Beach-goers were left gobsmacked after discovering thousands of marine worms called fat innkeeper worms – or “penis fish” – on a US beach.
Winter storms in northern California have caused a stranding of thousands of pink, throbbing penis-like creatures, reports The Guardian.
The 25cm phallic creatures live under the sand in U-shaped burrows in shallow water along the shore, but recent storms have resulted in massive waves that have swept away the layers of sand along the shoreline, exposing the critters.
In an Instagram post by Bay Nature, seagulls are shown gobbling up the fat, wiggly sea creatures.
“Next time you go to the beach, just think about the hundreds of 10-inch [25cm] pink sausages wiggling around just a few feet [centimetres] under the sand,” the caption read.
The sea of “penis fish” was spotted by biologist Ivan Parr earlier this week.
Parr says the same phenomenon has been reported over the years at several other Californian beaches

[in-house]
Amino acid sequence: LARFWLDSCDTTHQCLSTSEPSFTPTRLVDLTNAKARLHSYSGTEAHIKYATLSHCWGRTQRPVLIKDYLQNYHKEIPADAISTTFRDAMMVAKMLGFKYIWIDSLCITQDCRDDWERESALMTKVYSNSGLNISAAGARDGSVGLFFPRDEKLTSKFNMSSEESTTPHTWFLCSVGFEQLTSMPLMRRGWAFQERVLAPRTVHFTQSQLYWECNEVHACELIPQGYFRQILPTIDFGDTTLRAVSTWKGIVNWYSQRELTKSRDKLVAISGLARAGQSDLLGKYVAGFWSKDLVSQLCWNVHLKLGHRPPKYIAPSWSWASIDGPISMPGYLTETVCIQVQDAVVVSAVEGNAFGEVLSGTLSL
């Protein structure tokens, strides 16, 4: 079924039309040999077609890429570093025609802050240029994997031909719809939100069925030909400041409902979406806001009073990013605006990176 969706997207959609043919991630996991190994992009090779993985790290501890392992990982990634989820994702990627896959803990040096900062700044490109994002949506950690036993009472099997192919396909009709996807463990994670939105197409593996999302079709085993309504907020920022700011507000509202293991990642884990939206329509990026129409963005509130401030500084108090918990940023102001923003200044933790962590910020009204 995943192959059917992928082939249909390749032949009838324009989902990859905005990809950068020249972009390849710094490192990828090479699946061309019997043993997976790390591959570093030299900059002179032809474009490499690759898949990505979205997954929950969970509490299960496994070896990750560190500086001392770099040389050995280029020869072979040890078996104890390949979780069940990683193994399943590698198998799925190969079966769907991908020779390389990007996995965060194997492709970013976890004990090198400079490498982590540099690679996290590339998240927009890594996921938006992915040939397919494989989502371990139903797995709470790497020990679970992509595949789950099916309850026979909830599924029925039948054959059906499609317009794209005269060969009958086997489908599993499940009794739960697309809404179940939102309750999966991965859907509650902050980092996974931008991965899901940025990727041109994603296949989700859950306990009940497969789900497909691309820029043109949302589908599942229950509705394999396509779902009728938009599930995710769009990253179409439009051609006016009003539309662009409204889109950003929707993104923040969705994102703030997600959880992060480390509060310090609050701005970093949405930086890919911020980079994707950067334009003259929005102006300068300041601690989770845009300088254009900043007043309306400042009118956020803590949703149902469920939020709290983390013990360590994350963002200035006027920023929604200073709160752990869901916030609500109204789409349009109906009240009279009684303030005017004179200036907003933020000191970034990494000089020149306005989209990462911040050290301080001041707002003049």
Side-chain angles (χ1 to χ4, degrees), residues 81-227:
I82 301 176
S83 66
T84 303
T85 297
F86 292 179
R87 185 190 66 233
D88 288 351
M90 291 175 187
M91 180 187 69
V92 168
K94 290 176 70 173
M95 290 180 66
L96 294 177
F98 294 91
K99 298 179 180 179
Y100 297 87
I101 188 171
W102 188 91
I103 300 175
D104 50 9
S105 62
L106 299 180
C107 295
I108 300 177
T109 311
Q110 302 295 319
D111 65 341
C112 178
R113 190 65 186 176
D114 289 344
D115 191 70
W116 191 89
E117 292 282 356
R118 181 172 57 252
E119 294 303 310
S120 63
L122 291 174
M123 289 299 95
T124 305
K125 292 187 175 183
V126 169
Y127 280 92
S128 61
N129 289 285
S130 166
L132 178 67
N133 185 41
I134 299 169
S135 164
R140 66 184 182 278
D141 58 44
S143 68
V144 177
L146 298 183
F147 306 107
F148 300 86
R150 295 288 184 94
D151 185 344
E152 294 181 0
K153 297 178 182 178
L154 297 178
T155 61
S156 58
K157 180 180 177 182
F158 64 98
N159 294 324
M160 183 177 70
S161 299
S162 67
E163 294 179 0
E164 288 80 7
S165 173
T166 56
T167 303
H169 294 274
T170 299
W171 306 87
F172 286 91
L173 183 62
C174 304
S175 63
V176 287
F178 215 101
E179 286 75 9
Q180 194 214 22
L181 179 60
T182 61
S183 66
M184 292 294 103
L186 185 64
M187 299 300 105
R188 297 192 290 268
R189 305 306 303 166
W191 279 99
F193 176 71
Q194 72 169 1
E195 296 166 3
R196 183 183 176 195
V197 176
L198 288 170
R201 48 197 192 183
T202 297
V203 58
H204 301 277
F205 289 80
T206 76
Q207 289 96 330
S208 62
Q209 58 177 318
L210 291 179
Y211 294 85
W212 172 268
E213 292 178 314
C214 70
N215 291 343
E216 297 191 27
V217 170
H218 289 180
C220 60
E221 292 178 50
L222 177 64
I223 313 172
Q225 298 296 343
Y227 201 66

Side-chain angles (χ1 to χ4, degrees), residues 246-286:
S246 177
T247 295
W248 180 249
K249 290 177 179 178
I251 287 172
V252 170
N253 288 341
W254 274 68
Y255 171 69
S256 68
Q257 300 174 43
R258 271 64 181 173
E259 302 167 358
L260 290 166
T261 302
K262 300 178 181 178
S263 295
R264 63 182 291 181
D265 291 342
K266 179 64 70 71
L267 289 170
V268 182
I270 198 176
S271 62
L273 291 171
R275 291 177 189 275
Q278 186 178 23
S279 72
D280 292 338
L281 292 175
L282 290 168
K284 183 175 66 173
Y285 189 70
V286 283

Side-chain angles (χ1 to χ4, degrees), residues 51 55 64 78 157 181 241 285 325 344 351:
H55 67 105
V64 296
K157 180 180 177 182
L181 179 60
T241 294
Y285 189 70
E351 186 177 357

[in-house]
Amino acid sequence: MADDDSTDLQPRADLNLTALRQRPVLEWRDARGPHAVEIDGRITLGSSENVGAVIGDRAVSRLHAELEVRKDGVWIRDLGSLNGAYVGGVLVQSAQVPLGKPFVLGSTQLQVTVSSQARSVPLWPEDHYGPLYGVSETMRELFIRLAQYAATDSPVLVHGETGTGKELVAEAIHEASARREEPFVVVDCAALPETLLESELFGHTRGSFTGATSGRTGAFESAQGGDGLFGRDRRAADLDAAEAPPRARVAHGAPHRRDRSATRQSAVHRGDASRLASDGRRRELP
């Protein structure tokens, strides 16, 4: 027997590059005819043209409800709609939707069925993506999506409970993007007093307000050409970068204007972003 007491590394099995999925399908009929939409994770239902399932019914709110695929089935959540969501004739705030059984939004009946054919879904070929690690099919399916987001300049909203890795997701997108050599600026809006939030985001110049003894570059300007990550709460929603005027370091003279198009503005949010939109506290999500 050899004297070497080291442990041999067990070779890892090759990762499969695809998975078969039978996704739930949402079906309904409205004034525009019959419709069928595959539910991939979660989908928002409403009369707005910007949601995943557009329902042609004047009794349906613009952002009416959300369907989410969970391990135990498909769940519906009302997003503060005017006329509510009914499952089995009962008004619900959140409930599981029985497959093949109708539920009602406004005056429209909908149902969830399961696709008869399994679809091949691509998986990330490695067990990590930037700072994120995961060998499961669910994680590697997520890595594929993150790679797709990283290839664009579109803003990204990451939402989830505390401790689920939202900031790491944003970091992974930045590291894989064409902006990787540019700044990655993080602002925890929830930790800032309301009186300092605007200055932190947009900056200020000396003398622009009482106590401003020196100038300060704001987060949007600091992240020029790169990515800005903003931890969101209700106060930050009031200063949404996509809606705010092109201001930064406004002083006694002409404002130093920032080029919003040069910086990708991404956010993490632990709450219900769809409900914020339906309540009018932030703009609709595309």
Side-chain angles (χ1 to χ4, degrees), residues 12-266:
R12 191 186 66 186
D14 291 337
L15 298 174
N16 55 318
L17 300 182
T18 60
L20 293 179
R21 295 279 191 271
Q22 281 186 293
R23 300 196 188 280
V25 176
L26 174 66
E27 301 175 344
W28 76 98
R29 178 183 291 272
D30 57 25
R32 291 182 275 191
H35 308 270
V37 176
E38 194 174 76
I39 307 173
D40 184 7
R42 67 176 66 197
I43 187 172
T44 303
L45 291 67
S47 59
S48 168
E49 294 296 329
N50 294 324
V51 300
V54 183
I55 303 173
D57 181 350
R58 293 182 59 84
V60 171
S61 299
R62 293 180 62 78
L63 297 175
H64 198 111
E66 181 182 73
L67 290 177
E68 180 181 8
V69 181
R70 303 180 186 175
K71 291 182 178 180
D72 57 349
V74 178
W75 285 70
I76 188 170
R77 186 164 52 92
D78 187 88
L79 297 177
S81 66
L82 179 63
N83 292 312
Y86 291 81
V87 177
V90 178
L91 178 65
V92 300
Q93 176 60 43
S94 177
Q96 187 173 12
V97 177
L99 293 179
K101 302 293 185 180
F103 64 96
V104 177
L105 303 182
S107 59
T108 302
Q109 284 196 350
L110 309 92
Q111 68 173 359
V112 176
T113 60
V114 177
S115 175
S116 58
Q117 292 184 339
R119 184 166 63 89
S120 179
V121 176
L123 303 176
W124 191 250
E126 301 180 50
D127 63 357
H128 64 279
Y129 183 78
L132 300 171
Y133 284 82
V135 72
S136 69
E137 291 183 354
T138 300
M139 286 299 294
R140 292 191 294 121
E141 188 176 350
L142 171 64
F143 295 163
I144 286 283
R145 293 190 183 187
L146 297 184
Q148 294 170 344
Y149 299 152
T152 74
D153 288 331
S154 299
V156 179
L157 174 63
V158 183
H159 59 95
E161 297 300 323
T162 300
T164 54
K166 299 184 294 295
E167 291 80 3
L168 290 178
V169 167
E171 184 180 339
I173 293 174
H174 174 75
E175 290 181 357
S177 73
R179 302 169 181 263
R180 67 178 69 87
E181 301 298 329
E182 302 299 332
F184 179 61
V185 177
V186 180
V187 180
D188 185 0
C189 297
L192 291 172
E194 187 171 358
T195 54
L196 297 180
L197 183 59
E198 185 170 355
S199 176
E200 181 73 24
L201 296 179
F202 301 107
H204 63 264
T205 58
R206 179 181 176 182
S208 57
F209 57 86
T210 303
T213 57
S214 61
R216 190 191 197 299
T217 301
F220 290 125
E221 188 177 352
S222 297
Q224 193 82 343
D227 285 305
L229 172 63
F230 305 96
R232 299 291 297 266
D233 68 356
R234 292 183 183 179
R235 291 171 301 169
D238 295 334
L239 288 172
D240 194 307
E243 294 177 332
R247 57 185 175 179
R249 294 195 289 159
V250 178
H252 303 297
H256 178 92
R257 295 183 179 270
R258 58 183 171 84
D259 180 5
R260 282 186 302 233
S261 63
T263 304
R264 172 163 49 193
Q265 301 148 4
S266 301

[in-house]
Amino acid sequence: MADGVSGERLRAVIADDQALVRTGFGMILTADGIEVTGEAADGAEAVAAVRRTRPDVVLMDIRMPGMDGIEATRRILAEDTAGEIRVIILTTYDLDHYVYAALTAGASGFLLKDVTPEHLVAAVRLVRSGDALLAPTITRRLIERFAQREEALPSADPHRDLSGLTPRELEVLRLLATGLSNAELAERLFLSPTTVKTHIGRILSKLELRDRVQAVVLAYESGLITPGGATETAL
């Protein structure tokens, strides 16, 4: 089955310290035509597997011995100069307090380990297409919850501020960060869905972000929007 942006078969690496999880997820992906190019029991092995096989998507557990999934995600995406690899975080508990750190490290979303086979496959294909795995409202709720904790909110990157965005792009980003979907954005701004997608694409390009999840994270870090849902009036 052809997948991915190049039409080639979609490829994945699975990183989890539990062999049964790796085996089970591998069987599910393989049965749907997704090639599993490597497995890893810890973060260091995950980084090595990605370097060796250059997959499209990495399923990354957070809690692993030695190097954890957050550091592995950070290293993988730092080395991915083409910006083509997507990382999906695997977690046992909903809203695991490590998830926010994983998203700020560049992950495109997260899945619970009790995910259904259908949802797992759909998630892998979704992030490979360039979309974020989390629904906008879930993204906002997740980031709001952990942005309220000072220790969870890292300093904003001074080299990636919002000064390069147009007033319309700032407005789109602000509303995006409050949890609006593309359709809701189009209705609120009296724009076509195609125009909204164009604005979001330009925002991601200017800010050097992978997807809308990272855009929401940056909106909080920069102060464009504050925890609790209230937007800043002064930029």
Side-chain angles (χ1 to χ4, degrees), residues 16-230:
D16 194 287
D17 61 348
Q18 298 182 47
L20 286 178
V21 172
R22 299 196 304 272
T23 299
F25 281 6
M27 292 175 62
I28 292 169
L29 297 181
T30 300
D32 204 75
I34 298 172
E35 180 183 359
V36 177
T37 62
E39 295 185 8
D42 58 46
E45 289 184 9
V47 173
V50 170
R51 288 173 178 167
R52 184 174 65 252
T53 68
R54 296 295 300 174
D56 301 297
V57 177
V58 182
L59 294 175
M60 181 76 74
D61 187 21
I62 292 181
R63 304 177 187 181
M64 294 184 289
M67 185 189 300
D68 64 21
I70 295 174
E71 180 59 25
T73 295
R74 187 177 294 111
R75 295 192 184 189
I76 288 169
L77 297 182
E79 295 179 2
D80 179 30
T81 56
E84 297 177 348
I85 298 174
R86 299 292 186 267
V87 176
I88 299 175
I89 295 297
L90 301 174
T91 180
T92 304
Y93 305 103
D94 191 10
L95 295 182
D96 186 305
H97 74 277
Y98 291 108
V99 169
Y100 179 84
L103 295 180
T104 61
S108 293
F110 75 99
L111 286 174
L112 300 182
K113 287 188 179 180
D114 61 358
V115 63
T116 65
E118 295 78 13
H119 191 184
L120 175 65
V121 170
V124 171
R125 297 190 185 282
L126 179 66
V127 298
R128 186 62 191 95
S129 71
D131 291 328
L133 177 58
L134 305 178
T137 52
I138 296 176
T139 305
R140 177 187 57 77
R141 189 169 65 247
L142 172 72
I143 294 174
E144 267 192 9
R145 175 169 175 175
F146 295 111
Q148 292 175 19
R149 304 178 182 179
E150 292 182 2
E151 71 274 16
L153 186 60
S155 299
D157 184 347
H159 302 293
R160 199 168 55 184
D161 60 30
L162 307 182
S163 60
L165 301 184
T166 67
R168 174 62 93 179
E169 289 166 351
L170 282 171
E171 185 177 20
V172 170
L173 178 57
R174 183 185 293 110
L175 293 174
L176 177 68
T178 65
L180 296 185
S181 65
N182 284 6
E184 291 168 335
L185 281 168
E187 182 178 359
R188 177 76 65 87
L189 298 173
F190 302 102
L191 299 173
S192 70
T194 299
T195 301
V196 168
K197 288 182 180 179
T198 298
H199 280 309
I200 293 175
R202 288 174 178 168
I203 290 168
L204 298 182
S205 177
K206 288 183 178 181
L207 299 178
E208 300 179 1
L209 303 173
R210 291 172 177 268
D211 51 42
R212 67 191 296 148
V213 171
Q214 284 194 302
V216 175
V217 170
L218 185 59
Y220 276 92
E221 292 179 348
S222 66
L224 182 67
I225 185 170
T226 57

According to the Daily Mail, the worms dine on bacteria, plankton and other small particles which they capture using “slime nets” that are eaten once they’ve caught enough food with them.
Researchers have found evidence of their existence dating back 300 million years.
The creatures are considered a delicacy in South Korea, Japan and China, and are often served with a savoury sauce made from sesame oil and salt. For those who prefer them cooked they can be grilled on a skewer with salt, pepper and sesame oil.